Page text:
Some will criticize the pointing out of this disparity in wealth and background by saying something to the effect of, “Well, of course members of Congress are richer than most of us and went to better schools. Don’t we want the best and brightest in charge? I’m glad we don’t have some average Joe at the helm.” This argument presents a false choice—i.e., we must select from either an out-of-touch rich person or some poor slob who can’t find Asia on a map. There used to be a time when we had amazing leaders from privileged backgrounds who cared a great deal for the least among us; people like Franklin Roosevelt, Bobby Kennedy, and William Randolph Hearst. The false choice of out-of-touch elitist versus poor ignorant slob also ignores the fact that many brilliant minds and amazing humanitarians choose important occupations that do not necessarily lend themselves to establishing muli-million dollar portfolios. There should be a path for these modest, but brilliant and principled, individuals to attain positions of political leadership.

There are three strikes to getting elected to office, particularly federal office: (1) being born to ordinary Joes; (2) working in a profession dominated by ordinary Joes; and (3) spending too much time with ordinary Joes. In other words, the better position you are in to understand the problems of average Americans, the worse your chances are of being able to represent them. It should be no surprise to anyone that being ruled by rich people who spend all day talking to other rich people is not a great way to bring about a system that helps non-rich people. I am not ready to offer a solution just yet, but I think public funding of our elections would be a fine place to start the discussion.

– Dylan


4 Responses to “The Real Reasons Our Elected Leaders Suck (and the Poor Get Ignored)”

  1. Alison L. Says:

    Great post Dylan!

    One of the most poignant things that I have heard to date in this election is the statement that, essentially, “…of course Romney has no problem making cuts to Planned Parenthood, he couldn’t even begin to understand the circumstances that would lead a person to seek out medical care at such an organization…” In Obama’s defense (and I am not known to take on this position very often), I do believe that in contrast, his experience of being raised by a single woman in a moderately middle class setting, does put him in a better position to at least begin to imagine what is it like for people trying to do their best to have their basic needs met. So, while it wasn’t him personally visiting the clinic as a child (or maybe it was?), his childhood observation and experience as a member of a community who might access these and other services, does give him the background to at least comprehend this scenario.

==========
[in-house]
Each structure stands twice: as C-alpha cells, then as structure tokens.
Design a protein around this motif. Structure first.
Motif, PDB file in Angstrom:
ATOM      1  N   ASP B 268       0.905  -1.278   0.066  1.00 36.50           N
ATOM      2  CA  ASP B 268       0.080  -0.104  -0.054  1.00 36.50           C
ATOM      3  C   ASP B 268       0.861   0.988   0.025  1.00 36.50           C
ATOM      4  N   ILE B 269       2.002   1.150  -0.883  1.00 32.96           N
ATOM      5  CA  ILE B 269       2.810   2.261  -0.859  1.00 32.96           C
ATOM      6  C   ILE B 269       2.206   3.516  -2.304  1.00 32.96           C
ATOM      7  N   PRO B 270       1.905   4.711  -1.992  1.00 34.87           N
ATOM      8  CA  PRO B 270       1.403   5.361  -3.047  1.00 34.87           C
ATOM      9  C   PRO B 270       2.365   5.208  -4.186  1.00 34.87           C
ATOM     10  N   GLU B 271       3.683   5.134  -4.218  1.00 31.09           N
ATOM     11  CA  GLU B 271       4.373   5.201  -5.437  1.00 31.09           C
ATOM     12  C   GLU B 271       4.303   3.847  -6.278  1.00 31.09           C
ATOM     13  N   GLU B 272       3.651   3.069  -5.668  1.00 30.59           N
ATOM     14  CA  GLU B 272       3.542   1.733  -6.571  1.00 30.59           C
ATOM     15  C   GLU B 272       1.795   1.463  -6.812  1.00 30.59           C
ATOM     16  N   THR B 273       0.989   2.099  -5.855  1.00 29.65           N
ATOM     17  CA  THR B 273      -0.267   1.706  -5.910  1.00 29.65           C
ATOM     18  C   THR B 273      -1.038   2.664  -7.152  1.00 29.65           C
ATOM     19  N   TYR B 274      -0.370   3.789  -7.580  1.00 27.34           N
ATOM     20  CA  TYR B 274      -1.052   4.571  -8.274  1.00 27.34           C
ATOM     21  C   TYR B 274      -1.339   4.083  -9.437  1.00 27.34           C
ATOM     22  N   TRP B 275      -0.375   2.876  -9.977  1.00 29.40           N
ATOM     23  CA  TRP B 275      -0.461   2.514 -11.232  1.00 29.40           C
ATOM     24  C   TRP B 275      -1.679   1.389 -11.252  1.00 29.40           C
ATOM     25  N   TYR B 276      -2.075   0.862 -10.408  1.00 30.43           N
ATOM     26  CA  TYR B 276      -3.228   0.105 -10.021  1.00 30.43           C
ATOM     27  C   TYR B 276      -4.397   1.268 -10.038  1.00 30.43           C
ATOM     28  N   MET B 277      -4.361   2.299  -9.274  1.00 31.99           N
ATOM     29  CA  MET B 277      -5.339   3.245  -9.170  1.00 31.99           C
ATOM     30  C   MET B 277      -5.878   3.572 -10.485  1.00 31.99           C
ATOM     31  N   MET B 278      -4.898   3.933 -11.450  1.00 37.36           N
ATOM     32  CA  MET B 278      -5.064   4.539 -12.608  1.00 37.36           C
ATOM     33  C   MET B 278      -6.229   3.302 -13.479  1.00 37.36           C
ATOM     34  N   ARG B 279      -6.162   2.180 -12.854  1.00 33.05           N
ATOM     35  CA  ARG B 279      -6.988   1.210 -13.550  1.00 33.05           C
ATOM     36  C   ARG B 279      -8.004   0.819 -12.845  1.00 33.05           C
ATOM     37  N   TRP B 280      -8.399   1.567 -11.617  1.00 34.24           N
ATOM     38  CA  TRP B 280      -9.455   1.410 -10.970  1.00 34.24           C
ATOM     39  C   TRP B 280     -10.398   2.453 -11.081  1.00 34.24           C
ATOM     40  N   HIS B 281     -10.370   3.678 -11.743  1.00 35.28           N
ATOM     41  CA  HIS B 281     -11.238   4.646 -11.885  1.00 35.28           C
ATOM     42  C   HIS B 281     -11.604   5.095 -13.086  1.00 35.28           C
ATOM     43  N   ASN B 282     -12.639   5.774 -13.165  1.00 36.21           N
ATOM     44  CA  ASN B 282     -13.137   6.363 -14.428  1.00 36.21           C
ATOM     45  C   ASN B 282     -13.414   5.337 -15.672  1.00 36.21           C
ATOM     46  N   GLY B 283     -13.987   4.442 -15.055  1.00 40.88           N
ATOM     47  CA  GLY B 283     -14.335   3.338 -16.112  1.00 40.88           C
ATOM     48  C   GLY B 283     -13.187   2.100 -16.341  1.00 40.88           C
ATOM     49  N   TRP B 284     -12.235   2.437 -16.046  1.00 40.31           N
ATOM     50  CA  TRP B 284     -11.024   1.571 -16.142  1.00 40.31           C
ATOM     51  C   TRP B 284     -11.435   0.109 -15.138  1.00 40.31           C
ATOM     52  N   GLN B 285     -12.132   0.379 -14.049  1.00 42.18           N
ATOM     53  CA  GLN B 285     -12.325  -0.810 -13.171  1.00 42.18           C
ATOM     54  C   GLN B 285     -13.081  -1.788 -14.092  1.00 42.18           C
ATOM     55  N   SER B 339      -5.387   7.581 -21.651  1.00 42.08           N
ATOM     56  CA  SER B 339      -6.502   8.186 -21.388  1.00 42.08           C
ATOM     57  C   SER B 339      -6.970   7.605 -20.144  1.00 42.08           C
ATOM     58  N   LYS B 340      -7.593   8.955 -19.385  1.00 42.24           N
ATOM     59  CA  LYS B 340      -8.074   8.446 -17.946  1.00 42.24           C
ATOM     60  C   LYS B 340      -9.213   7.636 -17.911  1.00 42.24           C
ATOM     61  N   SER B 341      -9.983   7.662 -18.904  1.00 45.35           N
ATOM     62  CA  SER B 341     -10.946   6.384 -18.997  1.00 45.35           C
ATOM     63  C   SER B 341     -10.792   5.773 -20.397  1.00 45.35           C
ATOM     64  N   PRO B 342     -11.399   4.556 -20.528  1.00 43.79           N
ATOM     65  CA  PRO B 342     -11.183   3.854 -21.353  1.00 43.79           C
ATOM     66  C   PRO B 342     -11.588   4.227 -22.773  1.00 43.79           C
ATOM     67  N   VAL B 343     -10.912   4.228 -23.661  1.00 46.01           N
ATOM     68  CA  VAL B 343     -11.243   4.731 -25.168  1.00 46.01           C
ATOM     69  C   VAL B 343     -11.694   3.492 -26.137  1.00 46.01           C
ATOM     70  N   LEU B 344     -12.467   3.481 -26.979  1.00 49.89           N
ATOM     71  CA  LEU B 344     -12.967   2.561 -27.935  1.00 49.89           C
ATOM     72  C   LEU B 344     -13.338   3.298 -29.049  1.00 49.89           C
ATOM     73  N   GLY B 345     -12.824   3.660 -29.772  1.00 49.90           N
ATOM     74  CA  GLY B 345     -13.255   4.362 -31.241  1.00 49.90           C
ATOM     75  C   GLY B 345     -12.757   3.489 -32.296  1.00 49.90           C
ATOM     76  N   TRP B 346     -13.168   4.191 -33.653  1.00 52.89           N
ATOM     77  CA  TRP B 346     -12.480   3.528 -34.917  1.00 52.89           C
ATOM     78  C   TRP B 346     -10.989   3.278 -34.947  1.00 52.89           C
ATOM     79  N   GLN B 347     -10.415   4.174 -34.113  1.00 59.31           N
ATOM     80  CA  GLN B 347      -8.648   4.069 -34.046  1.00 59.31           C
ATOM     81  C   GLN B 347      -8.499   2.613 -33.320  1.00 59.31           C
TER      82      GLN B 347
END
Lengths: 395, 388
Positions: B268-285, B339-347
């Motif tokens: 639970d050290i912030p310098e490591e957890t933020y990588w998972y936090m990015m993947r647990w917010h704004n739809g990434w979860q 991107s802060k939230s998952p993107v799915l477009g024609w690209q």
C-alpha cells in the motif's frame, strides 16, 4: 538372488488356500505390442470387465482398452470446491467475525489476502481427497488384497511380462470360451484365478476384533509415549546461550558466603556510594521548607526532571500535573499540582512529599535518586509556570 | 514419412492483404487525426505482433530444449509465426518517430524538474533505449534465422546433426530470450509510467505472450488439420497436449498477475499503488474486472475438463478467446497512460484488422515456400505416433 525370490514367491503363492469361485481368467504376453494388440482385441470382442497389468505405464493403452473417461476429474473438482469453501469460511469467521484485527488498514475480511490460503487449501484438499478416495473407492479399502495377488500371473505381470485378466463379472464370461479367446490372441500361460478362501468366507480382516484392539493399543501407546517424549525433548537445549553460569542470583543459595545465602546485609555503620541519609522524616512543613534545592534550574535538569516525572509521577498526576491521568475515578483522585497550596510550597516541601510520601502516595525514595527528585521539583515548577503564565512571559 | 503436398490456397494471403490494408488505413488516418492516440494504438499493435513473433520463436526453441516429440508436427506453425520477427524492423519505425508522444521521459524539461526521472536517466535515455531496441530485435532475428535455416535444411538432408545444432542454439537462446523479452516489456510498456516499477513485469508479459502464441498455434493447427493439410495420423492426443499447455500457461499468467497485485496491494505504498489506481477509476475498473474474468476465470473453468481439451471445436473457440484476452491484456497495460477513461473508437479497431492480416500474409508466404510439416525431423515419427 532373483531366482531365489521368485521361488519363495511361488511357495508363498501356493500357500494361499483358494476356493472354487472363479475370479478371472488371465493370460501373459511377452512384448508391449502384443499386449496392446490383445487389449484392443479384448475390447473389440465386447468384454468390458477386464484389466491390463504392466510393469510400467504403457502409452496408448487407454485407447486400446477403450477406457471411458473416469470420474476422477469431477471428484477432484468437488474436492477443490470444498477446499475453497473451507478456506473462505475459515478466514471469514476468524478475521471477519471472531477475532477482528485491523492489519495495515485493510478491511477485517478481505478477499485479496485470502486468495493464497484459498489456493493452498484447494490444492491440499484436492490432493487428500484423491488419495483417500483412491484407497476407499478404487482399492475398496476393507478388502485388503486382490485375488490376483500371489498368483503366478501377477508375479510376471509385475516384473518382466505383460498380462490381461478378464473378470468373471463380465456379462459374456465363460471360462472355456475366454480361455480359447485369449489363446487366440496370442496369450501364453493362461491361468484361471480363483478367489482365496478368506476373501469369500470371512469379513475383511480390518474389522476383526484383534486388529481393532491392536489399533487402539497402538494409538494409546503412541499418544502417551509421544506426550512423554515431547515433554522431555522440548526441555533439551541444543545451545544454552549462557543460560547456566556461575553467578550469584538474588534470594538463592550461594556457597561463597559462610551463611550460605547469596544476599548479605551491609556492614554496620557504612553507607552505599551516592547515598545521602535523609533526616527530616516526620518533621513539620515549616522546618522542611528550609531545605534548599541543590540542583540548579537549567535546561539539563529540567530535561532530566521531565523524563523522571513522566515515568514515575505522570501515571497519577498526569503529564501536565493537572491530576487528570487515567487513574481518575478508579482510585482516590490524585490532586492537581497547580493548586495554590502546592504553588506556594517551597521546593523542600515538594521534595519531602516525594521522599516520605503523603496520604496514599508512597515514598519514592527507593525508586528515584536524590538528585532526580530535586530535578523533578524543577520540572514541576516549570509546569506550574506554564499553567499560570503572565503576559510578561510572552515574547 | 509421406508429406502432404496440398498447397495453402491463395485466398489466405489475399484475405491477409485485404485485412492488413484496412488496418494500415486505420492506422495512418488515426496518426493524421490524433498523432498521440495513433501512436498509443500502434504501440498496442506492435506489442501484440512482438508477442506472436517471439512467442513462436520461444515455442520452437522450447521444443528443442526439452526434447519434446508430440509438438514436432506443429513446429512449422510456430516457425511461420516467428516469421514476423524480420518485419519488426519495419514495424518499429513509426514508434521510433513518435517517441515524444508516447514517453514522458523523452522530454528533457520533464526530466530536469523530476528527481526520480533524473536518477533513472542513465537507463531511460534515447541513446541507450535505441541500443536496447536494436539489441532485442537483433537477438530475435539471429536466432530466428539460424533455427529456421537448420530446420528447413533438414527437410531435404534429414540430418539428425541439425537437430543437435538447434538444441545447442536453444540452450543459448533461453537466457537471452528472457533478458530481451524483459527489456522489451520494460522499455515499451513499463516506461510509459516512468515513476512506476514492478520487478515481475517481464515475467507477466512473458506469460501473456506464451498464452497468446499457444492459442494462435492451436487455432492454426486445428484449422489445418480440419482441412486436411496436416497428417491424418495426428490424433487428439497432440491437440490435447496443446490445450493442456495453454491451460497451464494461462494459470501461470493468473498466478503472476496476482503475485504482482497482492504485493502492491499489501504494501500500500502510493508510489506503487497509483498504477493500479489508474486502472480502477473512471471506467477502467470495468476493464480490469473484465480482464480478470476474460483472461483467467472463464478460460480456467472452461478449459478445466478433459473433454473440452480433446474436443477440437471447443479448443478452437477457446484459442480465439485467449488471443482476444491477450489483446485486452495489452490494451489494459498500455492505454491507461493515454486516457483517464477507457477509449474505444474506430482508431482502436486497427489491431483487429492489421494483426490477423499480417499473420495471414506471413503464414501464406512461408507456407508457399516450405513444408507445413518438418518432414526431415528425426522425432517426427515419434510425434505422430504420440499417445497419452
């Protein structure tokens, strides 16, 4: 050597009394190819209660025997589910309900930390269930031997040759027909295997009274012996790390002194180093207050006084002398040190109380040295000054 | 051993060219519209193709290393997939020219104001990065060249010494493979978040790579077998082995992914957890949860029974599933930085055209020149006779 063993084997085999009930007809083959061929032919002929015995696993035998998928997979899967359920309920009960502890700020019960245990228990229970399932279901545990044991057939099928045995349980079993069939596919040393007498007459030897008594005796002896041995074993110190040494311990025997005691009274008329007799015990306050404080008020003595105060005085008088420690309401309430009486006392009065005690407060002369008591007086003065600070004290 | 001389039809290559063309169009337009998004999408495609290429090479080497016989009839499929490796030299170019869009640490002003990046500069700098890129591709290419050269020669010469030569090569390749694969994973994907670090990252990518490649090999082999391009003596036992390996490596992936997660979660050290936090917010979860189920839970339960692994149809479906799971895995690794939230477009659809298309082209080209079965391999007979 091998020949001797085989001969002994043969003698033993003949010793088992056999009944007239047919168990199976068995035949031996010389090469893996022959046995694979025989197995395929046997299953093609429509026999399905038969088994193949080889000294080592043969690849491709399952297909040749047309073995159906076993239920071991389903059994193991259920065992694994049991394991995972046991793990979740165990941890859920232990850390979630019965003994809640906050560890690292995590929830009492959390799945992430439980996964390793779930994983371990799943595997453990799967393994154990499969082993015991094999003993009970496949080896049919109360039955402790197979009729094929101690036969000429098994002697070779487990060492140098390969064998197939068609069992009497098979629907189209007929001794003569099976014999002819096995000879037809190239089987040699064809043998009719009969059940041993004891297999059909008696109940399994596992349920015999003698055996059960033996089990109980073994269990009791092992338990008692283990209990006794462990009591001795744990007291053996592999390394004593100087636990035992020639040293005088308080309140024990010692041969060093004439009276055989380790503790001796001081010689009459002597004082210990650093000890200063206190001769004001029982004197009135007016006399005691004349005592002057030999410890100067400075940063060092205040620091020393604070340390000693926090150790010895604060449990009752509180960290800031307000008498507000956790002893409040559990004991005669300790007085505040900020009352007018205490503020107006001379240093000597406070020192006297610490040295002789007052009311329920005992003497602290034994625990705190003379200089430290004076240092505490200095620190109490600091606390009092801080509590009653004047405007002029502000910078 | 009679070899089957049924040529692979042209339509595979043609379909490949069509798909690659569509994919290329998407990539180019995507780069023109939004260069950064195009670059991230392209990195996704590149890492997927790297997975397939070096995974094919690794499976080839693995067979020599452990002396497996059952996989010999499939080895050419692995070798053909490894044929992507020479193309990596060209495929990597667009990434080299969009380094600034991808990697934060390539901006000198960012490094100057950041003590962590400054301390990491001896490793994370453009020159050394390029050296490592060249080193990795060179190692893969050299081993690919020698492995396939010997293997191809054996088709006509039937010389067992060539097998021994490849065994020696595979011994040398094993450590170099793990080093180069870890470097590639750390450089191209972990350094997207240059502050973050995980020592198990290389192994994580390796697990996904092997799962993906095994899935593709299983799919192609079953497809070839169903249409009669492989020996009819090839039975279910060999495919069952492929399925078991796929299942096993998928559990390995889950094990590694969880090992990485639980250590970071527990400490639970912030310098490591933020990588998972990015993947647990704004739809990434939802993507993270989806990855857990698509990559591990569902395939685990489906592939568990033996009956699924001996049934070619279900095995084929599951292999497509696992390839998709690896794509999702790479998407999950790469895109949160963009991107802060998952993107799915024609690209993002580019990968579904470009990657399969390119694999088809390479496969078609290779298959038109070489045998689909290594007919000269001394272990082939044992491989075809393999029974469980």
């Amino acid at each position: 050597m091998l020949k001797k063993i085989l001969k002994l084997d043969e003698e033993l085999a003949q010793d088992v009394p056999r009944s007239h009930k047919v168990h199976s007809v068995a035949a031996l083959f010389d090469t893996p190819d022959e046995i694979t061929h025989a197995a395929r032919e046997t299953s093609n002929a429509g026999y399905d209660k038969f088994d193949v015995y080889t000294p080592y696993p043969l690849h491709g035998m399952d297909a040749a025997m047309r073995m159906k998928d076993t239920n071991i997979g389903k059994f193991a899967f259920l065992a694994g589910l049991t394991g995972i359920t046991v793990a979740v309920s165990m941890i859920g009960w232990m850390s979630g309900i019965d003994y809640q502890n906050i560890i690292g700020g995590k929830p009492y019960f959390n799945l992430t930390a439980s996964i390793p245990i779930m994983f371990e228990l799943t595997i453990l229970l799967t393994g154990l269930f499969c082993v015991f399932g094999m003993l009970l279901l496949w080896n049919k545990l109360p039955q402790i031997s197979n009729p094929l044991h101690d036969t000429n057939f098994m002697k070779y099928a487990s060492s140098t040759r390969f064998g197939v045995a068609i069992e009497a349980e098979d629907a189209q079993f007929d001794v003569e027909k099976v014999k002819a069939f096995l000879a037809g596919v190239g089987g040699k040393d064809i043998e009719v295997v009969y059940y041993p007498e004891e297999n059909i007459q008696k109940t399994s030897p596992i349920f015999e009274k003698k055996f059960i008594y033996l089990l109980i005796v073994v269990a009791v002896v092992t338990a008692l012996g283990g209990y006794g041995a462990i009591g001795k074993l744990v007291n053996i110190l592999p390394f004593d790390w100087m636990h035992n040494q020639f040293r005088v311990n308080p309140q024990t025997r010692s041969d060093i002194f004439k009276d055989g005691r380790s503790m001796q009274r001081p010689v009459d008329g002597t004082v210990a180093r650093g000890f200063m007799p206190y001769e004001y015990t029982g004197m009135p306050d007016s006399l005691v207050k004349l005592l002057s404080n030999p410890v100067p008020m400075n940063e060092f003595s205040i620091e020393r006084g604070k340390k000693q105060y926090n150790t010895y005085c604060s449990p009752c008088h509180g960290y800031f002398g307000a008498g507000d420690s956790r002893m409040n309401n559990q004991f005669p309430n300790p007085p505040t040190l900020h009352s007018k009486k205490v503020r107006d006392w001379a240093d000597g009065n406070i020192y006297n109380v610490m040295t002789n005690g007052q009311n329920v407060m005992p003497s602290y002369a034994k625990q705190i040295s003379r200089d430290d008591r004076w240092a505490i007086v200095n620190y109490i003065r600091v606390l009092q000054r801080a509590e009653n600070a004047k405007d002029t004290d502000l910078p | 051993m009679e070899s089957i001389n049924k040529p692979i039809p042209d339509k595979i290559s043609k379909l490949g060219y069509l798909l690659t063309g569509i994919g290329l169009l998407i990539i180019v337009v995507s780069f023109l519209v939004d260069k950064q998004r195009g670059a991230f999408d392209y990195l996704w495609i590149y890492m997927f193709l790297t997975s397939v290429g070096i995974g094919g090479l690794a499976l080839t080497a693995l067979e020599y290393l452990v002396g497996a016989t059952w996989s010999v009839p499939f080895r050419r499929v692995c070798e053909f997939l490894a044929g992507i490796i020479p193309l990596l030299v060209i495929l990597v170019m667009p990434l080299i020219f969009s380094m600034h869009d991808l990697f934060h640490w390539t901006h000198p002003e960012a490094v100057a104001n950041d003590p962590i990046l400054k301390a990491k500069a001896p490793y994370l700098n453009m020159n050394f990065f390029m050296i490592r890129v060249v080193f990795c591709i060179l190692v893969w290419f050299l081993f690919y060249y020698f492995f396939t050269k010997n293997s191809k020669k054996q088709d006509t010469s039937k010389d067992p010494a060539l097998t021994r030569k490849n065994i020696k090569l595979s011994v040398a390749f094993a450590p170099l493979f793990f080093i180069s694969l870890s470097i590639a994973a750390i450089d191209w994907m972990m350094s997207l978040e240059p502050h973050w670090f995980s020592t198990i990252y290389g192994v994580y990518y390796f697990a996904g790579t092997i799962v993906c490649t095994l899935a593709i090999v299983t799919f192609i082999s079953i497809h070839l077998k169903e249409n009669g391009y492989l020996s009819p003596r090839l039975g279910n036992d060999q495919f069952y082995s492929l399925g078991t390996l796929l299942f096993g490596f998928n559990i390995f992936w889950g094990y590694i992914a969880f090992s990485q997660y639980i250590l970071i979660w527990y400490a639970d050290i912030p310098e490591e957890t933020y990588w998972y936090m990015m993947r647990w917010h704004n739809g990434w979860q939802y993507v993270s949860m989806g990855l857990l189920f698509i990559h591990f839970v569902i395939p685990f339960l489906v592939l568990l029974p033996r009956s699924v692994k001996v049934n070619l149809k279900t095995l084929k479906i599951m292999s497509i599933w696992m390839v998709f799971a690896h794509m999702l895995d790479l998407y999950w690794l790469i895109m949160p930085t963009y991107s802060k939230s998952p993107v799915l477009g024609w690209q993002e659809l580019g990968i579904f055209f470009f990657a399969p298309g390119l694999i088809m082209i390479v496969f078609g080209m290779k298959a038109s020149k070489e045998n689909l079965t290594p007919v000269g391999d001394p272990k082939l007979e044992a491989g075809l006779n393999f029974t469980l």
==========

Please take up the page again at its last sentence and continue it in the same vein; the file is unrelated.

Similarly, I have observed people who serve as commissioned officers in the military, but come from a family where a parent was enlisted during their service, take a very different approach to their leadership and decision making. Generically speaking, these officers who are children of enlisted soldiers seem to be able to connect better to the enlisted people who work for them because of their connection back to this group from the previous generation.

    I don’t know that it universally translates, but I would tend to believe that there is at least a correlation between personal struggle in an immediate previous generation and the influence that that has on the decisions that one makes as a leader. That said, as someone raised in a middle class household and not having anyone I can claim in my family that belonged to part of the 1%, I can’t even begin to imagine what it would be like to lead a life at that level of privilege. So maybe it only works if you are actively engaged in the process of climbing to the top.

    Thanks for the excellent ‘thinking’ points! -Alison

    • Alison – Just now seeing your response. Very interesting stuff. I have never heard anyone explain that officers with enlisted parents make for better officers (at least with regard to understanidng and relating to the enlisited personnel). Makes sense.

      Romney is an interesting case because his father, by all accounts, was a very good man who cared a great deal for those less off than himself. So it would seem that for whatever reason, the very empathetic characteristics of George Romeny were not passed onto his son. Maybe that is just Mitt Romney, or maybe it is as you state, due to the fact that he is so rich and virtually no one can live such a life of privilege and be exected to appreciate any lessons of humility from your parents.

      – Dylan

  2. I have decided if you wish to pull yourself up by your boot straps, it helps to have rocket boots.

  3. […] emphasizes the need to have a legislature that either: truly represents a cross-section of America (which it currently does not); or is at least made up legislators who have the capacity to empathize with those outside their […]